Florence Nightingale (1820-1910) served as a nurse during the Crimean War when she became the founder of the Environment Theory of nursing. This theory was based on the idea that in order to allow the natural laws to implement healing, the environment in which a patient resides must be altered in a way that allows for optimal recovery. These speculations were established when Nightingale noticed a relationship between the death of the soldiers she was caring for and the conditions of the environment they were placed. These conditions included “inadequate nutrition, dirty water, and inappropriate sewage disposal” (Selanders, 2010, p. 84). The theory strictly focuses on patient care and emphasizes the need to take into account how some factors may affect individuals differently. So having the capacity to alter these situations the best way possible in order to provide the necessary care for that individual patient’s needs and reach his or her desired health outcomes. Nightingale later concluded that there are internal and external components of the environment. Concerning aspects include elements like “food, water, and medications— as those that directly [affect] the external being, such as ventilation, light, noise control, stimulation, and room temperature” (Selanders, 2010, pg. 84). The presence of unsanitary environments greatly impacts the health status of an individual which has evolved through evidence-based research and become a huge practice and safety concern in modern nursing.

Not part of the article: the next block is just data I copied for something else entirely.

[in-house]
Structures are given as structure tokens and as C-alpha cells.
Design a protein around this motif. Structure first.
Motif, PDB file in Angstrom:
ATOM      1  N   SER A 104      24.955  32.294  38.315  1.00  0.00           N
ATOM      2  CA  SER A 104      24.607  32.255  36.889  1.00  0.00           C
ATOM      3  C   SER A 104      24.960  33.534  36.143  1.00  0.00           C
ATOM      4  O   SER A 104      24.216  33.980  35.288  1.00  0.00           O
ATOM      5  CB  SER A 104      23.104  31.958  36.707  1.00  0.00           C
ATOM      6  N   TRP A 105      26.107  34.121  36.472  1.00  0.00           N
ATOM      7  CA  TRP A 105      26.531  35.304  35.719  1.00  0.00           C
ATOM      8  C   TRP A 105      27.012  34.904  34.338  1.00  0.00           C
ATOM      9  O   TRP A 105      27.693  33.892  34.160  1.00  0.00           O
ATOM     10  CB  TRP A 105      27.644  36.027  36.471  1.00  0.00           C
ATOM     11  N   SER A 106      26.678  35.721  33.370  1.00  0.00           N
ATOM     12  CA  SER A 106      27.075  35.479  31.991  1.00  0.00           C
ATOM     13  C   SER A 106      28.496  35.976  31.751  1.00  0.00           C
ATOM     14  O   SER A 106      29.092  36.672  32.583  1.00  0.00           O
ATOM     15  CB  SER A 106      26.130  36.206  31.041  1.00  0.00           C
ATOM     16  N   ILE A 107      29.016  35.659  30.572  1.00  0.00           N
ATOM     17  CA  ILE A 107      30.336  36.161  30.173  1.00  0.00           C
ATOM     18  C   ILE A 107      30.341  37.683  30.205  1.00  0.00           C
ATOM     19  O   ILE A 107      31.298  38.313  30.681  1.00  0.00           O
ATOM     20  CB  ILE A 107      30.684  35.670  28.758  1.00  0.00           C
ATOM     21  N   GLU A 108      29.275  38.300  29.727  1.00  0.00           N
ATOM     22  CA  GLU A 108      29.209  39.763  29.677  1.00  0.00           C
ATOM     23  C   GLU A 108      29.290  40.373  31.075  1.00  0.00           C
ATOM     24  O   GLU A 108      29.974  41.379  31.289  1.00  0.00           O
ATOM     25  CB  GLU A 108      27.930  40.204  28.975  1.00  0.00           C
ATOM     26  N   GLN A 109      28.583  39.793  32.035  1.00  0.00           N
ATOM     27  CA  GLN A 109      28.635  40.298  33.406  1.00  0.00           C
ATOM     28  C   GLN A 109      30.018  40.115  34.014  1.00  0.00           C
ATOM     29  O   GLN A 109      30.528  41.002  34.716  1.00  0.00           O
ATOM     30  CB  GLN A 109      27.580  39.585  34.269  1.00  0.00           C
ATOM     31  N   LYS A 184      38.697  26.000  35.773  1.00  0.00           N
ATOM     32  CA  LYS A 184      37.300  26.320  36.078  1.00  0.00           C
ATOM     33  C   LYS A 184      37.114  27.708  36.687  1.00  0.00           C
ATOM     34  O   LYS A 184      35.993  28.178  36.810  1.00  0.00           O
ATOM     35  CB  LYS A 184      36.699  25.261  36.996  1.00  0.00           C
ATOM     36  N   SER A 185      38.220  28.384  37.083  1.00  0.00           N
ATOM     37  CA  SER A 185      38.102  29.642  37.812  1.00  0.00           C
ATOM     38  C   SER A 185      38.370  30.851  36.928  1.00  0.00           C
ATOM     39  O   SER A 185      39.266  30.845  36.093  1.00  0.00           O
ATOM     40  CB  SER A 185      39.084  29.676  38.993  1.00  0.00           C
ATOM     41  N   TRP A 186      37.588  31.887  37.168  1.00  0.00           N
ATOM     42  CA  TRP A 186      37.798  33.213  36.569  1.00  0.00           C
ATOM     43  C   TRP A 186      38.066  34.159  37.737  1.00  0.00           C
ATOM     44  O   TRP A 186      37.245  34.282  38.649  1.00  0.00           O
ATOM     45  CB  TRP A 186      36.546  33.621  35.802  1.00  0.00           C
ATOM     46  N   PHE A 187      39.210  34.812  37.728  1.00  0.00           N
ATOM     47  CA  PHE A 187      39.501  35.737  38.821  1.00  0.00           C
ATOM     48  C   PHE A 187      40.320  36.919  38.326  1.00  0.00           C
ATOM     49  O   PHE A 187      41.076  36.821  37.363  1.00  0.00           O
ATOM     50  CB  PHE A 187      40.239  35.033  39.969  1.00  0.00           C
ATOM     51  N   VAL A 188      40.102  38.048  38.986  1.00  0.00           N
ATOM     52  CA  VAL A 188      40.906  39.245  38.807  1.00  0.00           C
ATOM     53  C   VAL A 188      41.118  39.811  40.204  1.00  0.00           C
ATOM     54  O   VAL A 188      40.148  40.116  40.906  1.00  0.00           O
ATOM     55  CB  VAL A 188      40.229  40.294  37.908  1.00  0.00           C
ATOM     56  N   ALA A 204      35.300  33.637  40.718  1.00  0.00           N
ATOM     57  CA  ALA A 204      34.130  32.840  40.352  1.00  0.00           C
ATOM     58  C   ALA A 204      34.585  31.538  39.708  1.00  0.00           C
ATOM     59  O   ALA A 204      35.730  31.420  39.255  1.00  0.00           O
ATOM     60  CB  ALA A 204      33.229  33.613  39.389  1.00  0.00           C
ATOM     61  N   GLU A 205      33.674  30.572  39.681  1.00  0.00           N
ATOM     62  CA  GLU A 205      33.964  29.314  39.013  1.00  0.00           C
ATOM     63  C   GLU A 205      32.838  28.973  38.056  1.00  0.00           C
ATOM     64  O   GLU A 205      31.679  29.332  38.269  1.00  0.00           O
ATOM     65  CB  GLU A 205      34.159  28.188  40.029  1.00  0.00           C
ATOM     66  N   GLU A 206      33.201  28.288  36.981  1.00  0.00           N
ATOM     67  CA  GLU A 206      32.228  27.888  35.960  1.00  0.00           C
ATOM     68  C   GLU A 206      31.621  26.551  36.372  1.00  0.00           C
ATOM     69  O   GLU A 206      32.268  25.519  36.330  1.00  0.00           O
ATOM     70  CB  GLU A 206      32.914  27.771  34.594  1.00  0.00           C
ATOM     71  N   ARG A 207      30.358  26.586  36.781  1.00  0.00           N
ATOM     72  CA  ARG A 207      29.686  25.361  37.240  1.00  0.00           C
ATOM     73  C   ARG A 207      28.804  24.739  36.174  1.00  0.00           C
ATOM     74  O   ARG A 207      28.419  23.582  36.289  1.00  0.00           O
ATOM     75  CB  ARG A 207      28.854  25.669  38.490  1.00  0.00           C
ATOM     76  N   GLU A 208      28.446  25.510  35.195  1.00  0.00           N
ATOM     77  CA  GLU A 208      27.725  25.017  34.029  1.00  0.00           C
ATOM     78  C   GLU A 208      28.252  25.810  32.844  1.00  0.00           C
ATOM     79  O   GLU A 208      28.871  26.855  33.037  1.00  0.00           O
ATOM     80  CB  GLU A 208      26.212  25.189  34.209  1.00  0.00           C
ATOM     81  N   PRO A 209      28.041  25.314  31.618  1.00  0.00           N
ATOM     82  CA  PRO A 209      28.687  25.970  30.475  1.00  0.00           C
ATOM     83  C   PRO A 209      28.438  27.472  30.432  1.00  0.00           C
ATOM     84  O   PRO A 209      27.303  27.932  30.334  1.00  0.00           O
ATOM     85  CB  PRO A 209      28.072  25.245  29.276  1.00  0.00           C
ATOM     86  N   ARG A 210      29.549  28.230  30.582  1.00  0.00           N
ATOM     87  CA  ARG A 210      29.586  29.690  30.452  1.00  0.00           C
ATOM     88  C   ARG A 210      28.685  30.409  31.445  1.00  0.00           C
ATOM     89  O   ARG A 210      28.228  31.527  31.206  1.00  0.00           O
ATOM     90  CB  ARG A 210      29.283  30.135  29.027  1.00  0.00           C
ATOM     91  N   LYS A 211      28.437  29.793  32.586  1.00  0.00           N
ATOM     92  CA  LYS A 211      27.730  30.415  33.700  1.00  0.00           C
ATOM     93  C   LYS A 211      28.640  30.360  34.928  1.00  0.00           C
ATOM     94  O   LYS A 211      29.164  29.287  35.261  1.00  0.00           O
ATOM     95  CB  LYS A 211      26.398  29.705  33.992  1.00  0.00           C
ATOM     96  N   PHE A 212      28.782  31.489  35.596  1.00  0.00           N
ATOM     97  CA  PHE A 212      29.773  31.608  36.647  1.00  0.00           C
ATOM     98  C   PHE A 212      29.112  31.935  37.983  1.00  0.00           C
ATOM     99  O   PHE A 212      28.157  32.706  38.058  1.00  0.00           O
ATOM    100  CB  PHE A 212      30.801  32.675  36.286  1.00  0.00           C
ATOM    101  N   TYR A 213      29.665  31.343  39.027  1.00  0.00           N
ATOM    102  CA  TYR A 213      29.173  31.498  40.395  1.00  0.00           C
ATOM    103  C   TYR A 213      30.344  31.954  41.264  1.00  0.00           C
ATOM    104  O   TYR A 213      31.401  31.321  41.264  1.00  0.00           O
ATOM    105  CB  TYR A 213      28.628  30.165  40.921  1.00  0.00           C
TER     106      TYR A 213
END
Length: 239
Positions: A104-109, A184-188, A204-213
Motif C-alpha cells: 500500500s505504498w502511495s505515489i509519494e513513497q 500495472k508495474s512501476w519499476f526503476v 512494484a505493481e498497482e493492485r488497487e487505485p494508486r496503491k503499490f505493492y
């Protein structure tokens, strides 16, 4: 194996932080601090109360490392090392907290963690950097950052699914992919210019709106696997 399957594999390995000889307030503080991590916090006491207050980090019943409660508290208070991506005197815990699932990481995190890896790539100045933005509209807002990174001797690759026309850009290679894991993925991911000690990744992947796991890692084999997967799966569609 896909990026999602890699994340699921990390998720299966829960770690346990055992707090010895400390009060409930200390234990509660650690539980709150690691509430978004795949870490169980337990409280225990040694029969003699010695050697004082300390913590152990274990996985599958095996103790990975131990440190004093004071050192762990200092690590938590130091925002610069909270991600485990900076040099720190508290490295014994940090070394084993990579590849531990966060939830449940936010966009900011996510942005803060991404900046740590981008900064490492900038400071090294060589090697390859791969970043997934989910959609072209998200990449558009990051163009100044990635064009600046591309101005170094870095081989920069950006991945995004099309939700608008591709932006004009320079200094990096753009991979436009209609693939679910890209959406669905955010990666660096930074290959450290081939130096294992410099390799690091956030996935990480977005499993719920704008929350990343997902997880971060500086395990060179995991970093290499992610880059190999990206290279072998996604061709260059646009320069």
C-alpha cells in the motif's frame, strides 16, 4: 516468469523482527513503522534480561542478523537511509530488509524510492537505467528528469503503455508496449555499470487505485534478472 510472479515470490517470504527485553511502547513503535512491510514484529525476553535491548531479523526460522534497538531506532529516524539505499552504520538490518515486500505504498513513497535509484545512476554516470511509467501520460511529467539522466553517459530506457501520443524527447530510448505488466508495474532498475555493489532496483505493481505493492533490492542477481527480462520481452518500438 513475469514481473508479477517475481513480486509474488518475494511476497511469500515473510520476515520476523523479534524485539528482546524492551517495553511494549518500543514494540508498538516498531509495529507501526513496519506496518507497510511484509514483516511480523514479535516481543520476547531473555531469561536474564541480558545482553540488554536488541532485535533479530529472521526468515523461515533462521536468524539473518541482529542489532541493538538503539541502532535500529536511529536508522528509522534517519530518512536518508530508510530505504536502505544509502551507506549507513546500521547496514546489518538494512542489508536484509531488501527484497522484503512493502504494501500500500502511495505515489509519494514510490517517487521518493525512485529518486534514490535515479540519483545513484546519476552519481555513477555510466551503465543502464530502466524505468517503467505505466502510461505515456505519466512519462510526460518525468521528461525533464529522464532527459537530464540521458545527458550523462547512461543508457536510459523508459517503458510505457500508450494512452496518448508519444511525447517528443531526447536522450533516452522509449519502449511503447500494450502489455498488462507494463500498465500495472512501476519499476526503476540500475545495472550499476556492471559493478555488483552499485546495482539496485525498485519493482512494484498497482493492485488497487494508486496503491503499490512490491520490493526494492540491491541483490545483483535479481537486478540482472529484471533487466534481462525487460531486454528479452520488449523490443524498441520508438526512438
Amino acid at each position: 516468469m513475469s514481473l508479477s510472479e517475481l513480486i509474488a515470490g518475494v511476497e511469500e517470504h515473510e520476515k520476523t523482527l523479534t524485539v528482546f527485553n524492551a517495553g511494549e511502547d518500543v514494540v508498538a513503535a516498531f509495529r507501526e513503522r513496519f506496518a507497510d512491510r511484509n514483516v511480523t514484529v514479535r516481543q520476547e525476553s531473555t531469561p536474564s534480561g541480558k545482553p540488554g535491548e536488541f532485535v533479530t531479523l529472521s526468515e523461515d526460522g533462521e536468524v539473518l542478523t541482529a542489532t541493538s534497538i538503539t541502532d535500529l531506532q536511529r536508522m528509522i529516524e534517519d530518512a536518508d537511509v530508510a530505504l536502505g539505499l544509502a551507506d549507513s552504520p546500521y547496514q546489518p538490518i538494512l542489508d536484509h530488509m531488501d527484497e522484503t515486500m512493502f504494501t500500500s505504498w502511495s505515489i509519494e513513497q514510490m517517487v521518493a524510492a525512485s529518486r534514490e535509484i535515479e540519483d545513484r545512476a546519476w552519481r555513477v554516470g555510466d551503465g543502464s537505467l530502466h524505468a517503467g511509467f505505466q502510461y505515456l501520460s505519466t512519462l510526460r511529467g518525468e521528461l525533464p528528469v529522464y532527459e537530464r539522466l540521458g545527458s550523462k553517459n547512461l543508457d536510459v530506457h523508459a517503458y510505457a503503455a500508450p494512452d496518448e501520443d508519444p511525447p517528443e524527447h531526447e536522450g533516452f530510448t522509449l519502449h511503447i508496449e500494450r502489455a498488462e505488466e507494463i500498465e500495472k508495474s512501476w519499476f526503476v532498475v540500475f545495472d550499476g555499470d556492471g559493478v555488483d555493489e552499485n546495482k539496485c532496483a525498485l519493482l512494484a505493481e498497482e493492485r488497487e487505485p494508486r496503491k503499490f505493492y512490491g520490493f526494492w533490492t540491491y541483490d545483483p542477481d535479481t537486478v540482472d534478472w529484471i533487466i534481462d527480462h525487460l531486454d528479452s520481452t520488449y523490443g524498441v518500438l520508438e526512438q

The nursing metaparadigm is a nursing discipline that includes four concepts that address the holistic approach of caring for patients. Nightingale’s theory of nursing places most of the focus and emphasis on the environment component of the metaparadigm. Nurses are to provide a clean setting for rehabilitation in order to restore complete health. This is an aspect of patient care that is implemented in every day clinical practices. For example, ensuring the patient is entering a clean room with clean sheets and blankets, proper ventilation, and controllable temperatures. The healthcare staff is also following all patient safety protocols including hand hygiene, maintaining sterile fields and changing soiled linens when appropriate. All to provide the best possible environment to promote recovery for the patient, which is what Nightingale was striving to do through the development of her theory.